Dr Arun Rao and The Wright Center on Aging

1c88508Now you may not be in the market for a geriatrician, but if you are, I strongly recommend Dr Arun Rao of the The Irving S. Wright Center on Aging. (The Wright Center is affiliated with Cornell Medical of New York.)

Over the years we have the need to work with many different doctors and medical groups dealing with Mom’s Lewis Body Disease. Dr Rao and his team provided exemplary service — they even made house calls to visit Mom after it became a major trauma for her to leave her apartment.

Not everything he recommended worked — anyone need a Lazy-Boy chair? — but he was constantly trying, open minded to our concerns, and very responsive to our needs. It’s been a difficult time, and Dr Rao and the team have been a big support.

[Update: Dr Rao is now a Primary Care Physician, LIFE St. Mary at St. Mary Medical Center in Langhorne, PA. Still highly recommended.]


More Perverse Incentives

(image (c) by KT of Lake Orion)

I was shocked to read an analysis in The Economist which among other things showed that the “stagnation of middle-class incomes in recent years is in large measure caused by health-care inflation.” Remember all those articles wondering why there was no wage growth considering the productivity gains? Now we have the answer…

Health-care must be on my mind. Not sure why, perhaps my Mom’s situation is playing into it, but my last post was about an article in the New Yorker, which described a feedback system designed to make health care costs spiral upwards:

  • doctors make recommendations on treatments
  • no patient is ever going to want less treatments
  • doctors get paid on what they recommend

While doctors need to take the Hippocratic Oath, many studies have shown that doctors are not immune to commercial influences.

Then when you throw in the zinger from the New Yorker article — namely that more procedures, tests, medicines and specialists do not statistically yield better results — you see how crazy the system already is.

Then the article from The Economist pointed out a whole new perverse incentive involved:

…most Americans get their health insurance through their employers. This dates back to the era of post-war wage controls, when firms offered benefits instead of pay rises. Today’s tax code sets it in stone. Employers can buy health insurance with pre-tax dollars. Individuals cannot.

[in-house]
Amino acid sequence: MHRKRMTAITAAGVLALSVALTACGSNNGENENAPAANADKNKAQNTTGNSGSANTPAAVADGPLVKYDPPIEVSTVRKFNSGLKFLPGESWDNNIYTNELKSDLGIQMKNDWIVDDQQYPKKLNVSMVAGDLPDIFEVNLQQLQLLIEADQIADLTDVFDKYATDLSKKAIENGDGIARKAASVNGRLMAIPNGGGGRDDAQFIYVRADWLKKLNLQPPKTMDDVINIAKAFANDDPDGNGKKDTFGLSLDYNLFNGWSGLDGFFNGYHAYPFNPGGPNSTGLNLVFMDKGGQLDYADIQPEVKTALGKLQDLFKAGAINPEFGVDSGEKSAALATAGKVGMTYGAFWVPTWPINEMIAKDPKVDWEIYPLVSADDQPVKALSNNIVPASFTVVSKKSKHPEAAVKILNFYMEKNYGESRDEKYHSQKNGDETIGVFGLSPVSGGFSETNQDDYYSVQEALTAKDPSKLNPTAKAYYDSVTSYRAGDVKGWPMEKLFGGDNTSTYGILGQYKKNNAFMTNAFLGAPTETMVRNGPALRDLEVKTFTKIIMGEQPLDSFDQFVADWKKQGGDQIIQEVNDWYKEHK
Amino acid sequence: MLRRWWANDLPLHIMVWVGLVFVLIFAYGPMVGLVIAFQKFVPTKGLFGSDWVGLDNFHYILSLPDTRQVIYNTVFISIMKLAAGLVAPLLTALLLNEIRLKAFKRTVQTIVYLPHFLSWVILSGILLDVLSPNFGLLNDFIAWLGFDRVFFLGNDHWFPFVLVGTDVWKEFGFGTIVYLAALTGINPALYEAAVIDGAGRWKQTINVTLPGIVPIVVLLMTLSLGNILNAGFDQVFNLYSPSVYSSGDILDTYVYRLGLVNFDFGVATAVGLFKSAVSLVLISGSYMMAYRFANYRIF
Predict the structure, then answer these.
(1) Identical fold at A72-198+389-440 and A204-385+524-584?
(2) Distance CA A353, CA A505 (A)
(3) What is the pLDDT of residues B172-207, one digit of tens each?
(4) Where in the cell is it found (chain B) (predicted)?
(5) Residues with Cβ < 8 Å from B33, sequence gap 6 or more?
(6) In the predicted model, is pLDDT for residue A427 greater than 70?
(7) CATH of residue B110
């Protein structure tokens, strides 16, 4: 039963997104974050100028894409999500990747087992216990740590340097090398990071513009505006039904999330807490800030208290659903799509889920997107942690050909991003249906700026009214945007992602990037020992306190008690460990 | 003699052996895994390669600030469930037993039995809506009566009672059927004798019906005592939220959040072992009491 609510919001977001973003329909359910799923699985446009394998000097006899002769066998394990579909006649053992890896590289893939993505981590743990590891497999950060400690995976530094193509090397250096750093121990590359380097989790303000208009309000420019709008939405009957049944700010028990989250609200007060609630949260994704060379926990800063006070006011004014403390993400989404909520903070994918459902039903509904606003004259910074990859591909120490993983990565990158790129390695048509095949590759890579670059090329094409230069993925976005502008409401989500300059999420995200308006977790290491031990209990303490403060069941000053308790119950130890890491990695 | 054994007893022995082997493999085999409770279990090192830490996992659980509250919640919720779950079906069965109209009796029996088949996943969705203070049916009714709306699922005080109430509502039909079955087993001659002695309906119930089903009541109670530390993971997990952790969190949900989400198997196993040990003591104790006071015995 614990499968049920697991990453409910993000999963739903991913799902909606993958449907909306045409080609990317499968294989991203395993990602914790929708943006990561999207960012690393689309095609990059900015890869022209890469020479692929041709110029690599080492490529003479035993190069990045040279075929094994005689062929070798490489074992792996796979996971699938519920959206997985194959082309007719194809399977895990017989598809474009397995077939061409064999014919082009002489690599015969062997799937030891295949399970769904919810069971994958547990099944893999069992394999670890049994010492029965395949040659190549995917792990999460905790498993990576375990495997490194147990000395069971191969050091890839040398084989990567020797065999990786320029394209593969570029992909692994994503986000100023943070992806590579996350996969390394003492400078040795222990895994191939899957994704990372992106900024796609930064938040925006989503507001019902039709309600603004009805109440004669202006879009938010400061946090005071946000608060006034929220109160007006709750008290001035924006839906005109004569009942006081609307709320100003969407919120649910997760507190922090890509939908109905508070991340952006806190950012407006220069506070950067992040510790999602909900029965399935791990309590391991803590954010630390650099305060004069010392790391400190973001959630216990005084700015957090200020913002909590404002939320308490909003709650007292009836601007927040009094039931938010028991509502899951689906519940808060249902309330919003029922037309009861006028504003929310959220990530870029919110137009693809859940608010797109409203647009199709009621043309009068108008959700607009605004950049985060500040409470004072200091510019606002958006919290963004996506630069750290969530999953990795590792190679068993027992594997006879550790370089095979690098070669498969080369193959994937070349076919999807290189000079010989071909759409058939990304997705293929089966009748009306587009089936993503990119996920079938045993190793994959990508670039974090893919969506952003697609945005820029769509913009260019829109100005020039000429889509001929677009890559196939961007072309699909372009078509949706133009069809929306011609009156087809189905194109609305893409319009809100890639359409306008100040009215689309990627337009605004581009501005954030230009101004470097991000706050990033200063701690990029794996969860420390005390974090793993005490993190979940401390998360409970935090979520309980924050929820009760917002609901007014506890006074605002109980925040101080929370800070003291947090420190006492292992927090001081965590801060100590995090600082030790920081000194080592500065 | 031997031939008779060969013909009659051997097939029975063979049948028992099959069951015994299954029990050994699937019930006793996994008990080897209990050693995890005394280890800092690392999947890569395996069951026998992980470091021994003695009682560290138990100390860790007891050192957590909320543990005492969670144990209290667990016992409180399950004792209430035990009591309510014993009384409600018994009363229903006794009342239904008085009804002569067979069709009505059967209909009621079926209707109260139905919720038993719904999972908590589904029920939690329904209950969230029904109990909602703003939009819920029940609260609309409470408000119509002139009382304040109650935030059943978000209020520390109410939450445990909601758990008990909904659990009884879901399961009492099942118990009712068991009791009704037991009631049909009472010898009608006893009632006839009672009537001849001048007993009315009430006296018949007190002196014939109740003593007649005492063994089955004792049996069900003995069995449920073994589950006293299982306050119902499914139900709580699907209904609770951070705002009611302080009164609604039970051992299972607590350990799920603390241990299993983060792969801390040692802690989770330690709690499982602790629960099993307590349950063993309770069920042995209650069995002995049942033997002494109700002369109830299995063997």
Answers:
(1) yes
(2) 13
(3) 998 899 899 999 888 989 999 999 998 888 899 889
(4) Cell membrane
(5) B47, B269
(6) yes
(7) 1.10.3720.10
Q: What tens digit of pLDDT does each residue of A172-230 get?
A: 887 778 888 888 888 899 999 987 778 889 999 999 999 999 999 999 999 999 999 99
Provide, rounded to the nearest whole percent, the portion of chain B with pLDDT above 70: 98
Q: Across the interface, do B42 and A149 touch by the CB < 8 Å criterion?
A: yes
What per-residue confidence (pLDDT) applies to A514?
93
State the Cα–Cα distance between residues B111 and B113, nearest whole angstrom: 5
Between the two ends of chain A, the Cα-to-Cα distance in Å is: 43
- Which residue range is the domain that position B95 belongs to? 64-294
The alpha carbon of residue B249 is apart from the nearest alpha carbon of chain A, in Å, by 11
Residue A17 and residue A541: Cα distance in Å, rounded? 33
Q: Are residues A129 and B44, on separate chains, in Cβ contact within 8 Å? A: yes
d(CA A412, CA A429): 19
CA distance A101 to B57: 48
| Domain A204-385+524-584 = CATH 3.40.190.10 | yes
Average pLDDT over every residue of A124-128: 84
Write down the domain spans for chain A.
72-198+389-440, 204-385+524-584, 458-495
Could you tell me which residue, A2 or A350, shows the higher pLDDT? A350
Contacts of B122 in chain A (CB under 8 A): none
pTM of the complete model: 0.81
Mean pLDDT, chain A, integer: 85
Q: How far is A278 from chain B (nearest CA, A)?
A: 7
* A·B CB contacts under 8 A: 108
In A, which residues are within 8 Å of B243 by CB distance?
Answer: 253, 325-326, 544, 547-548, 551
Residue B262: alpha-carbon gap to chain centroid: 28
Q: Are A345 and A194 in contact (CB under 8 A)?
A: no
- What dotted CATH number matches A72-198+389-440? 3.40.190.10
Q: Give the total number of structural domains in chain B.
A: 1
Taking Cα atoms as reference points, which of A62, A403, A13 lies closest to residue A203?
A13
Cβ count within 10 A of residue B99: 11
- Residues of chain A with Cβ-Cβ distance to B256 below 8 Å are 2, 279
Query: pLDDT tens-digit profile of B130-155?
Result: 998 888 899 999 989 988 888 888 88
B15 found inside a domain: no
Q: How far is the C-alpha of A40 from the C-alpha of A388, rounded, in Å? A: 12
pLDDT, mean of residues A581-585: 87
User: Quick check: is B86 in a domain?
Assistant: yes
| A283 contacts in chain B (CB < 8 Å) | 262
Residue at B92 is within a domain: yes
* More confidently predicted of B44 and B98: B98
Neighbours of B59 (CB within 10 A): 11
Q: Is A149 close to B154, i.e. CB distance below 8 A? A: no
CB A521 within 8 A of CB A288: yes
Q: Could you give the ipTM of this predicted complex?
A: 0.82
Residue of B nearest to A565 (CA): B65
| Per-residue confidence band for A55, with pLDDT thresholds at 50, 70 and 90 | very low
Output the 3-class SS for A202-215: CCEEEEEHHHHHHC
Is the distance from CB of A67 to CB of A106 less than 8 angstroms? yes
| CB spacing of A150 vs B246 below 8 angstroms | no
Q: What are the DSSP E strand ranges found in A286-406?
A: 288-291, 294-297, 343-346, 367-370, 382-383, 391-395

When a typical patient goes to the doctor, he has no idea what anything costs. He pays only about 15% of the bill, so if the doctor recommends something he will probably say yes. The doctor gets paid for everything he does, so he has a powerful incentive to perform costly, unnecessary procedures. Besides, he may be socked for damages if he omits a test that a lawyer subsequently convinces a jury might have been useful. The costs are passed on to insurers, who pass them on to employers in the form of higher premiums, who then pass them on to workers in the form of lower pay.

What can we do about this? Surely there is some way to break these crazy loops of cycling costs.

How about removing companies from providing health insurance and allowing individuals to deduct the costs of heath insurance from their taxable income? That would help, but most people say isn’t practical. But in a world where General Motors can go bankrupt, why not give it a full hearing?

And how about banning doctors from receiving incentives or having a fiduciary interest in the procedures they’re recommending? We banned the drug companies from “spiffing” doctors for prescribing their drugs. Why not take this further?

When I hear politicians talk about “health care reform” these topics rarely come up. Massachusetts‘ “revolutionary” health care reform was all about making sure that all people had access to health care. A great goal all by itself, but don’t tell me it had brought down costs in the Commonwealth.

Since I’m pretty sure Obama isn’t reading Adam Honig Dot Com, I’m going back to writing about music, traveling and M’bar, like usual.

What’s wrong with the US Healthcare System?

(image from the New Yorker.)

I just read the article I’ve been looking for regarding the American healthcare system: Annals of Medicine: The Cost Conundrum by Atul Gawande of the New Yorker.

Mr Gawande lays out perfectly the perverse incentives that face doctors in the US. By examining the medical cultures in various cities around the US, he demonstrates that spending more on medical procedures, equipment, etc., do not produce better results. In fact, they can produce worse results.

But since doctors are paid (in most cases) by the number of tests and procedures they recommend, the cost of healthcare has grown completely out of control.

Mr Gawande goes further to show that the current proposals the government is considering to ‘check healthcare costs’ will not be effective:

Providing health care is like building a house. The task requires experts, expensive equipment and materials, and a huge amount of coördination. Imagine that, instead of paying a contractor to pull a team together and keep them on track, you paid an electrician for every outlet he recommends, a plumber for every faucet, and a carpenter for every cabinet. Would you be surprised if you got a house with a thousand outlets, faucets, and cabinets, at three times the cost you expected, and the whole thing fell apart a couple of years later? Getting the country’s best electrician on the job (he trained at Harvard, somebody tells you) isn’t going to solve this problem. Nor will changing the person who writes him the check.

Definitely worth a read.